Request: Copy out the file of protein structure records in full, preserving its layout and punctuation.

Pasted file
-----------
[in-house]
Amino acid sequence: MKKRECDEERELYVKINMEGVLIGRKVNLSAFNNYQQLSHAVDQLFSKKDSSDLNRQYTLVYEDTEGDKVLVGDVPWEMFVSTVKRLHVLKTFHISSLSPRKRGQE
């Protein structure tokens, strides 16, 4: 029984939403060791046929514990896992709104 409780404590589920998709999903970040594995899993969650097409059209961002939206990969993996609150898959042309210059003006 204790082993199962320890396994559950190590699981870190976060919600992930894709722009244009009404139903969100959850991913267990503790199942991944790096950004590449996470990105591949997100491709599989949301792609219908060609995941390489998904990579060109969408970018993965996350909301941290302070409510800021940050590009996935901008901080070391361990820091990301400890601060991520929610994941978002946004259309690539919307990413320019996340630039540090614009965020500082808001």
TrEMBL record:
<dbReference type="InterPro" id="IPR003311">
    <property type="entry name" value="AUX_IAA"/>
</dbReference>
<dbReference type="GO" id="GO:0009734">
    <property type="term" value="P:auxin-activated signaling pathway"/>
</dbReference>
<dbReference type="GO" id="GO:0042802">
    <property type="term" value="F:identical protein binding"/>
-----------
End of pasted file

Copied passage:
[in-house]
Amino acid sequence: MKKRECDEERELYVKINMEGVLIGRKVNLSAFNNYQQLSHAVDQLFSKKDSSDLNRQYTLVYEDTEGDKVLVGDVPWEMFVSTVKRLHVLKTFHISSLSPRKRGQE
């Protein structure tokens, strides 16, 4: 029984939403060791046929514990896992709104 409780404590589920998709999903970040594995899993969650097409059209961002939206990969993996609150898959042309210059003006 204790082993199962320890396994559950190590699981870190976060919600992930894709722009244009009404139903969100959850991913267990503790199942991944790096950004590449996470990105591949997100491709599989949301792609219908060609995941390489998904990579060109969408970018993965996350909301941290302070409510800021940050590009996935901008901080070391361990820091990301400890601060991520929610994941978002946004259309690539919307990413320019996340630039540090614009965020500082808001």
TrEMBL record:
<dbReference type="InterPro" id="IPR003311">
    <property type="entry name" value="AUX_IAA"/>
</dbReference>
<dbReference type="GO" id="GO:0009734">
    <property type="term" value="P:auxin-activated signaling pathway"/>
</dbReference>
<dbReference type="GO" id="GO:0042802">
    <property type="term" value="F:identical protein binding"/>